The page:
Why? One has to deduce that the original American vision is not shared by many Americans any longer. Since for sure, they knew damn well what Trump was about, and it wasn't their doctrines of American-altruism plus a national division by 'tribal victimhood', which they saw.

Facts, facts - and if Objectivists can't agree on the facts ('human facts', character, motives and actions are terribly complicated, especially when distorted by our one big source of information, the Press) then they won't agree on value-judgments. Political or any.

Character is "a fact". Reading character qualities and vices of persons is something I've thought Oi'sts to be iffy at, rationalism, intrinsicism or skeptical-subjectivity play their part.  

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On 11/25/2020 at 4:34 AM, DonAthos said:

That certainly would be nice.

 

I won't say that no one who supports or supported Trump is disqualified from being an Objectivist: unfortunately, there are many misguided, deeply wrong Objectivists on this and many other issues.

There are certainly some Objectivists who think, by way of Rand's insights, that a country, as an individual, needs to be strong in order to be gentle. In order to practice kindness and assistance to others, undutifully and non-sacrificially.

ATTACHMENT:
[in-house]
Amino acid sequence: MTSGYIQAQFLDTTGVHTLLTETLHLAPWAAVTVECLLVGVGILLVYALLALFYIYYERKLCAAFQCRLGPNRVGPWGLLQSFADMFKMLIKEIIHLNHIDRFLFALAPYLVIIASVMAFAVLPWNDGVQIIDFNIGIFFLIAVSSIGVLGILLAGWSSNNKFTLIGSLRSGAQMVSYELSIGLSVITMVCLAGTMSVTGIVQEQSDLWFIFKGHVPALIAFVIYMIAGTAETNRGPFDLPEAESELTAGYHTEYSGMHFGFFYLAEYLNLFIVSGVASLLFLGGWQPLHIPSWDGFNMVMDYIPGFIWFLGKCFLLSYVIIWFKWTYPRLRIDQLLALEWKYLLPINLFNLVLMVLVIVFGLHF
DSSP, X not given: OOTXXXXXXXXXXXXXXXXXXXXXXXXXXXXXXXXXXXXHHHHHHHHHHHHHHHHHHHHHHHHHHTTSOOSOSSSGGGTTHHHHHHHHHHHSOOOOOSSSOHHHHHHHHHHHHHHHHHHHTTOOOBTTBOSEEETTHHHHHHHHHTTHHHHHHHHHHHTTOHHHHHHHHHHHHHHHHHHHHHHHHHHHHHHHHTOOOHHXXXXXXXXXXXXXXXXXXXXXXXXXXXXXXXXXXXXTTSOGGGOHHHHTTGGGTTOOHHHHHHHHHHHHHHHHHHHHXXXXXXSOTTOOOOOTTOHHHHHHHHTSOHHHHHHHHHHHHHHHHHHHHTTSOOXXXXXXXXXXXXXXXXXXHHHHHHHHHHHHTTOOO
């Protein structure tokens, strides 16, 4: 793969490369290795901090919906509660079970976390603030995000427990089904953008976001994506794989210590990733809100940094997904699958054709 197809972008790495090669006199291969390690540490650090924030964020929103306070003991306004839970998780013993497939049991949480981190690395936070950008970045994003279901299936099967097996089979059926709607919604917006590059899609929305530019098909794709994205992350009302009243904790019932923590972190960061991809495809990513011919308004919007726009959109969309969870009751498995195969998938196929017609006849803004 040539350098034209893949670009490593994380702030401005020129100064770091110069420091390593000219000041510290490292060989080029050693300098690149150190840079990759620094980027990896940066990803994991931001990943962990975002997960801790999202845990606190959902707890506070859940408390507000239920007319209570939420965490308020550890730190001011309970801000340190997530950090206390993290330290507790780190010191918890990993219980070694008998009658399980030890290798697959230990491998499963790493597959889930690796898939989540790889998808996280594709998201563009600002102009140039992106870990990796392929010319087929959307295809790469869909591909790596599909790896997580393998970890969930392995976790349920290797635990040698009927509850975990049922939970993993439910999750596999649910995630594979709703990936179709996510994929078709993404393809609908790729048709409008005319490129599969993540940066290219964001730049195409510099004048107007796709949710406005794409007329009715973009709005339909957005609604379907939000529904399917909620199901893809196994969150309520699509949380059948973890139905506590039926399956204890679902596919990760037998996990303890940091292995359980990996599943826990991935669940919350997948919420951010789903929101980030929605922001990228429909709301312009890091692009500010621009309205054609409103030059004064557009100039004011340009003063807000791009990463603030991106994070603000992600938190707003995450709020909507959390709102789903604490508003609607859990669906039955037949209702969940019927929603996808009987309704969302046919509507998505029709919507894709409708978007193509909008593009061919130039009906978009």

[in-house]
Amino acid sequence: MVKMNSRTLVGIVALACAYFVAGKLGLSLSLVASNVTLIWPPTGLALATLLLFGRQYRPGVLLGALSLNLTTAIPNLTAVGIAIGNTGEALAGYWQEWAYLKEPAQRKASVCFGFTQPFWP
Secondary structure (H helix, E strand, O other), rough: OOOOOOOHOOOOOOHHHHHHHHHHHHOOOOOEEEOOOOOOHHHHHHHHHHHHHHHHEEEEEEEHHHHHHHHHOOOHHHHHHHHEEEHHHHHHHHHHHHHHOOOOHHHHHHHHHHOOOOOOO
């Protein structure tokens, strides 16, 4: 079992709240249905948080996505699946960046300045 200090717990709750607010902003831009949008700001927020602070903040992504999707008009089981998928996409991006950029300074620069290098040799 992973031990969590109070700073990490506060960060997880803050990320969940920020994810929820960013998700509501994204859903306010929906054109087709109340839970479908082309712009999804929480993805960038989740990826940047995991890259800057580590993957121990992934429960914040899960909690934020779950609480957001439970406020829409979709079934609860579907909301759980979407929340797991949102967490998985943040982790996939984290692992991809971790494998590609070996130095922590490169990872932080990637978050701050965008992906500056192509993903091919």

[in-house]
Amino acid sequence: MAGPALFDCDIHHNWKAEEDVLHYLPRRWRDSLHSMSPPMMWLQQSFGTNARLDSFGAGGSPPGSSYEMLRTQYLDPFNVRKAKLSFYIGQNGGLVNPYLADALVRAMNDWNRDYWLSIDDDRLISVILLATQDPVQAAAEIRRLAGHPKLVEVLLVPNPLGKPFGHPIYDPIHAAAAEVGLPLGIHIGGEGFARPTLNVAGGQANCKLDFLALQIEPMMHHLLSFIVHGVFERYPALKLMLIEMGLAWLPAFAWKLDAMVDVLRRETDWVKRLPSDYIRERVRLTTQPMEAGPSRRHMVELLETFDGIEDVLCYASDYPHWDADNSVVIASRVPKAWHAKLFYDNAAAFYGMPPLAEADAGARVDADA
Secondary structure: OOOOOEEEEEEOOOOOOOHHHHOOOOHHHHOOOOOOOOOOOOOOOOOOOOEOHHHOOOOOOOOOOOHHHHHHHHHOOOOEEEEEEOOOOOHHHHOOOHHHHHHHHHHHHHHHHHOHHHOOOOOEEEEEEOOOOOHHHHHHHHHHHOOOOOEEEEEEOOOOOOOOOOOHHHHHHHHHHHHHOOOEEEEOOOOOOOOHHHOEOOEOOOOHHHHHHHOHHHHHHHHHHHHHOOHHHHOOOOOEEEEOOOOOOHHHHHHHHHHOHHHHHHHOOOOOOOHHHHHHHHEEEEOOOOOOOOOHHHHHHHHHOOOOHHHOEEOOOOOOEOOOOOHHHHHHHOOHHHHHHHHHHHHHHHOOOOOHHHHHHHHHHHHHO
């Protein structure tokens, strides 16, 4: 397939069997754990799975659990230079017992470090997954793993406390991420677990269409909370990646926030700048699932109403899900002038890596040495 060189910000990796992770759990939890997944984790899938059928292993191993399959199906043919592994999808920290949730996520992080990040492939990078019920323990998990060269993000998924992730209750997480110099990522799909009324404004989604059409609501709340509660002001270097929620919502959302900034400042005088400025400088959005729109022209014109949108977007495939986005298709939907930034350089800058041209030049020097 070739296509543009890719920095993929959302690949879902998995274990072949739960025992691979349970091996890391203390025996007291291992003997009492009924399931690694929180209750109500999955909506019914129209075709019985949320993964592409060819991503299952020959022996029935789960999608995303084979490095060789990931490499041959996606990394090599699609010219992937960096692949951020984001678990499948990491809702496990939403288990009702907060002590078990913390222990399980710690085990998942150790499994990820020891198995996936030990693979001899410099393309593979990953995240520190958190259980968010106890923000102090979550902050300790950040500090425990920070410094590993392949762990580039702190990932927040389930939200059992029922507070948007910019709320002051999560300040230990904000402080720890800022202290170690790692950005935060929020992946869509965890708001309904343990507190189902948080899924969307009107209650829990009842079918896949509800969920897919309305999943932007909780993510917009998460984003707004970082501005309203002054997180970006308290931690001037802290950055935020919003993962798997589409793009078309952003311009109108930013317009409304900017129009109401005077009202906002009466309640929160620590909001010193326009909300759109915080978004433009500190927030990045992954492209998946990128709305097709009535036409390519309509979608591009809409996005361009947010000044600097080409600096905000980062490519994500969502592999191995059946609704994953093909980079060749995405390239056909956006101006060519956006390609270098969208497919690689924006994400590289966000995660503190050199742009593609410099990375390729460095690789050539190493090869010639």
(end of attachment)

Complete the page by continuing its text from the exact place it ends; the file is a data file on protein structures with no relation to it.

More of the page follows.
"Strong" that is, rationally, morally and intellectually as well as physically-materially. The process has never been reversed, tail wagging the dog - one evidently doesn't gain such strength through compassion (etc.) but fritters both away.

And do you know what?

If you look only at the essentials of his actions , what is clear is Trump perceived this quality in the USA's original strength and wanted to revive it.

He got no help in an intellectual articulation of those premises from Objectivists who joined the conformist ranks against him. Deeply wrong, yes.

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My estimation of Trump’s support led me to believe that he would win re-election and that if he didn’t win , it would be because of vote count manipulation. 

Sharing that sentiment cemented my conspiratorial nature and had me being branded as beyond naive and prey to vicious lies designed to overthrow the rule of law.

I have to say I’m still comfortable in my deluded state and not ready to abandon it.

The liars’ lies still seem plausible, the lies only seem to be more and more plausible , are they that well crafted ? Am I still blinded and completely deluded? 

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Trump got ~this~ close to stopping "the Left" dead in its tracks, maybe permanently.

One more term and Trump's further successes, domestic and foreign would likely have the effect of breaking up the disordered Left into its fractious elements, Democrats, Socialists, Greens, progressives, post-modernists, neo-Marxists or whatever. And then some sanity could have prevailed.

Now in victory, they are solidly cohesive - a bloc. And having learned their lesson, that an upstart could have derailed their ambitions, they will be prepared, will entrench and expand their grip on power by any means fair or dirty, and be very hard to remove (or combat).